Awareness of a Threat and Your Ability to Defend Yourself Against it.  

While the noise from the alarm maydeter the perpetrator and the camera will show evidence of the attack, it is important to remember the difference between detecting an intruder and defending yourself against an intruder.  What plan do you have in place to respond to an alarm?  Law enforcement response is different in every location and YOU are responsible for the safety of your family. If you are unwilling or unable to defend yourself against an intruder have you tested the average response time for your monitored security system and established a plan to run or retreat with your loved ones?  

While these questions may make us feel uncomfortable it is important that we ask them and take personal responsibility for our own security at home as the first responder to any household threat.  The most basic physical security precautions when implemented to make your home secure may be a strong deterrent for crimes of opportunity.  Moreover, even the most basic response preparation and planning may help you when it counts the most.  Here is one very simple question I often ask when providing security consultation: when was the last time you opened your windows, do you know how to open them, and can you escape out of a window to evade an attack? Most people have never opened the windows in their home and have no idea how to escape out a window and run to a neighbor.  This is the simplest of points to determine if you are prepared for an attack and a simple indicator to inform yourself you need to get prepared.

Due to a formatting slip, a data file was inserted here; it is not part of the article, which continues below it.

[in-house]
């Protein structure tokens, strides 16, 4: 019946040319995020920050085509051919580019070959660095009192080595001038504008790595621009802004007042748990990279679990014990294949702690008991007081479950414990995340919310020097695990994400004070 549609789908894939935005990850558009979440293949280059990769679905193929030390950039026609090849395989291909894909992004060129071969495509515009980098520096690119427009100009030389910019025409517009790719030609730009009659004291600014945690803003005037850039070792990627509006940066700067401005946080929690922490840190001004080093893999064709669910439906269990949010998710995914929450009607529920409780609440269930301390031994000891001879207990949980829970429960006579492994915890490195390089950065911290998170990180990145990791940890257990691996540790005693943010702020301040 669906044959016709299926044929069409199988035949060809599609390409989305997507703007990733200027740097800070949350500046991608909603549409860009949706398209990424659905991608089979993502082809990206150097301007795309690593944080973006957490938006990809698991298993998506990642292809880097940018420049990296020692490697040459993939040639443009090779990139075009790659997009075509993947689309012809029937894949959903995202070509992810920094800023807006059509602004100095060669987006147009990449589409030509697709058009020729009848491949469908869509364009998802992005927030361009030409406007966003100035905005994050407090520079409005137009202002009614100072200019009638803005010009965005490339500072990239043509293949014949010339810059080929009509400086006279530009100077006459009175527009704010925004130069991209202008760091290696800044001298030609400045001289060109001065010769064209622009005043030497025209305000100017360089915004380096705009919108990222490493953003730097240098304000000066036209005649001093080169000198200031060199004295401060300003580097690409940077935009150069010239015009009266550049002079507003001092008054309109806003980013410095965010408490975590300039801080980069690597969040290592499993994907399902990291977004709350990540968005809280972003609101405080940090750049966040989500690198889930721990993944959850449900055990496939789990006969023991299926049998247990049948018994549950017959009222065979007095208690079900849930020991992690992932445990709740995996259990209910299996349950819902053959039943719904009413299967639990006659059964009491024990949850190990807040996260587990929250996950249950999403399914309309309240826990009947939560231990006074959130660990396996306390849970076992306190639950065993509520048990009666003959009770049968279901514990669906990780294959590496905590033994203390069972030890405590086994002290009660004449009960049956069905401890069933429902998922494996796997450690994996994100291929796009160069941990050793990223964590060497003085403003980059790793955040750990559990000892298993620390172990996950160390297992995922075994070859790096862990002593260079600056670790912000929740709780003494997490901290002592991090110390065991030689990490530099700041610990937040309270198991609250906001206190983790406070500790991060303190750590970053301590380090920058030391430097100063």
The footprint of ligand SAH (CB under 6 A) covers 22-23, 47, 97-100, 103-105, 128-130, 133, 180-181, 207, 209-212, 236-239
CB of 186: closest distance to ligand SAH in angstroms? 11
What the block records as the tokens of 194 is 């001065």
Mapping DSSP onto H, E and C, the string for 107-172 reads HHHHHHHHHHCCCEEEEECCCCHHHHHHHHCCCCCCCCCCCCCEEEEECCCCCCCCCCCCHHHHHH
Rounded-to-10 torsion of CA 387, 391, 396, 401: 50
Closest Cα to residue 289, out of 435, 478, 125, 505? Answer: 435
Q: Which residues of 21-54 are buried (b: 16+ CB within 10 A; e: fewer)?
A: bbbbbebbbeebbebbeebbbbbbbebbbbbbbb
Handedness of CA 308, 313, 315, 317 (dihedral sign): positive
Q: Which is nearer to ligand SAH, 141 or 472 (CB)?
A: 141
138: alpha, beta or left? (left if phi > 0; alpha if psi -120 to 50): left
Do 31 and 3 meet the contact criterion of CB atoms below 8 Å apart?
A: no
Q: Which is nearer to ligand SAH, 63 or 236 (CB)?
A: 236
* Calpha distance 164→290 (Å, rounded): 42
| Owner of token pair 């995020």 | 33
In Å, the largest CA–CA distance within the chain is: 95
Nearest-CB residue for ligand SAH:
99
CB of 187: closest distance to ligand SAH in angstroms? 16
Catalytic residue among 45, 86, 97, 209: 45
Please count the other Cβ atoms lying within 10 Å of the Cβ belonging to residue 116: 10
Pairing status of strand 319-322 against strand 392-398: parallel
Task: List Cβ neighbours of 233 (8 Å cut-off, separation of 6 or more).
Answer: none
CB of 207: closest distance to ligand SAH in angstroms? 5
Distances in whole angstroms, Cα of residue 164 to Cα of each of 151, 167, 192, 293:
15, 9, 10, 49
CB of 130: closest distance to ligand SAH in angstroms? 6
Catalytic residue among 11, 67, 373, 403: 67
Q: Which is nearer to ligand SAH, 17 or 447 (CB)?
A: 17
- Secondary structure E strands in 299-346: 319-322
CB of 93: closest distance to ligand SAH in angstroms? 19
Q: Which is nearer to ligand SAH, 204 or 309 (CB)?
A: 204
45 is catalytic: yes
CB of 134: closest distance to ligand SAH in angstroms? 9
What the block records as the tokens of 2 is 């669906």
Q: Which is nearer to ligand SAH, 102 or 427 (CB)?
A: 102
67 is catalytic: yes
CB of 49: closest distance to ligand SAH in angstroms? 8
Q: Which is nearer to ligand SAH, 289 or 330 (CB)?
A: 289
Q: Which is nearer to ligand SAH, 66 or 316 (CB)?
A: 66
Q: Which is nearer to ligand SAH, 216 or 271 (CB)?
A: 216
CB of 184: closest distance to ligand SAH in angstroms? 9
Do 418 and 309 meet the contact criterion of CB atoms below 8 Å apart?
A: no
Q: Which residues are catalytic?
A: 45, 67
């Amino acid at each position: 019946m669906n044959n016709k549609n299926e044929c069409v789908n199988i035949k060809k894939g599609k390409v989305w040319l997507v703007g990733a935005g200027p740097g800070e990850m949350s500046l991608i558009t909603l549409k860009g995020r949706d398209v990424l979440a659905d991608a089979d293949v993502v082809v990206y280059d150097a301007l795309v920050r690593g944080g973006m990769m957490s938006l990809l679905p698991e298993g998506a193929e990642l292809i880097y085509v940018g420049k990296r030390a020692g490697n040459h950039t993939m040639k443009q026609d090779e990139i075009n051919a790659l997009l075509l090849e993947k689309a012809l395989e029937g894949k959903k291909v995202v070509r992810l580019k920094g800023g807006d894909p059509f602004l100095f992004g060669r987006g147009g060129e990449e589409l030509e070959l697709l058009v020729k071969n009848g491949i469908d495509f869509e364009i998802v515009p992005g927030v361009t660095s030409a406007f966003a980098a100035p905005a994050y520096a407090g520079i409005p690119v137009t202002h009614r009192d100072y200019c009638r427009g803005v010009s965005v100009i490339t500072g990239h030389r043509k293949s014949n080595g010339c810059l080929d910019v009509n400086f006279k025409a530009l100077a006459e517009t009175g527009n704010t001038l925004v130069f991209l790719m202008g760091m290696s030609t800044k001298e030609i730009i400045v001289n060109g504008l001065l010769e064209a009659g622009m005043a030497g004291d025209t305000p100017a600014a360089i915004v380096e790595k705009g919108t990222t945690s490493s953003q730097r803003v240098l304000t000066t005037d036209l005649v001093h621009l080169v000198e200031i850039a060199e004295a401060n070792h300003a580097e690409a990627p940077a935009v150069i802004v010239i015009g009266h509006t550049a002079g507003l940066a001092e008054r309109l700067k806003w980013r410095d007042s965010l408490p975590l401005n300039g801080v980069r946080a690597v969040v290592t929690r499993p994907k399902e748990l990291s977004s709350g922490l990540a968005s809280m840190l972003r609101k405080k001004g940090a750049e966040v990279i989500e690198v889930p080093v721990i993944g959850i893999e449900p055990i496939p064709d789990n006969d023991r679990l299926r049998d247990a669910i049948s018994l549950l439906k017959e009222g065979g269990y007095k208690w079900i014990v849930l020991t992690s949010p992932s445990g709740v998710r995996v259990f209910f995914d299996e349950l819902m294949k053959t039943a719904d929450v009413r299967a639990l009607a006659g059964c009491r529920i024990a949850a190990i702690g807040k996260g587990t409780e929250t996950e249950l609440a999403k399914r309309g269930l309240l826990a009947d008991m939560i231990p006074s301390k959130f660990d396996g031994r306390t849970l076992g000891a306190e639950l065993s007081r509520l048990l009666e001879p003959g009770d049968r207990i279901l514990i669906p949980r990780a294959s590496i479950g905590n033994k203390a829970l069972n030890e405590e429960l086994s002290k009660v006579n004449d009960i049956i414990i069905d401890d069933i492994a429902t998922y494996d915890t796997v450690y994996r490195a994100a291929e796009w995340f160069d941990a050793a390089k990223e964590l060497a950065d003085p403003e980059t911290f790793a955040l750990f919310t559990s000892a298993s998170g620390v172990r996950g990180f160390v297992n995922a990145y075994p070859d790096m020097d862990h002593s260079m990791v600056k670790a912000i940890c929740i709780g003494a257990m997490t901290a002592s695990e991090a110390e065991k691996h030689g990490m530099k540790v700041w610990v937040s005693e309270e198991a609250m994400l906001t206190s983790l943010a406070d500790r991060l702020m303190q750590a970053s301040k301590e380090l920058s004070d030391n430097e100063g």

First of all, enjoy life and enjoy all that is out in the world to see. Your right to defend yourself or not, is a choice that you are free to make.  We are lucky to live in a country where you can choose to live in blissful ignorance thanks to the hard work and sacrifice of those who contribute to the defense of our country every day and others before them.  Certainly nothing that you decide will ever change that, but blissful ignorance can’t stop bullets and wishful thinking does not make you or your family any safer.       

For those of us who are willing to answer these difficult questions and face these tough issues, even if you are not prepared to defend yourself because you recognize that you are simply unwilling and unable to inflict violence on a person, here are some words of wisdom to guide you: If you stay ready you never have to get ready.  If you stay ready for terrorism and violence, then you never have to prepare for it.  

For additional information or to request training contact Active Crisis Consulting at: https://www.activecrisis.com.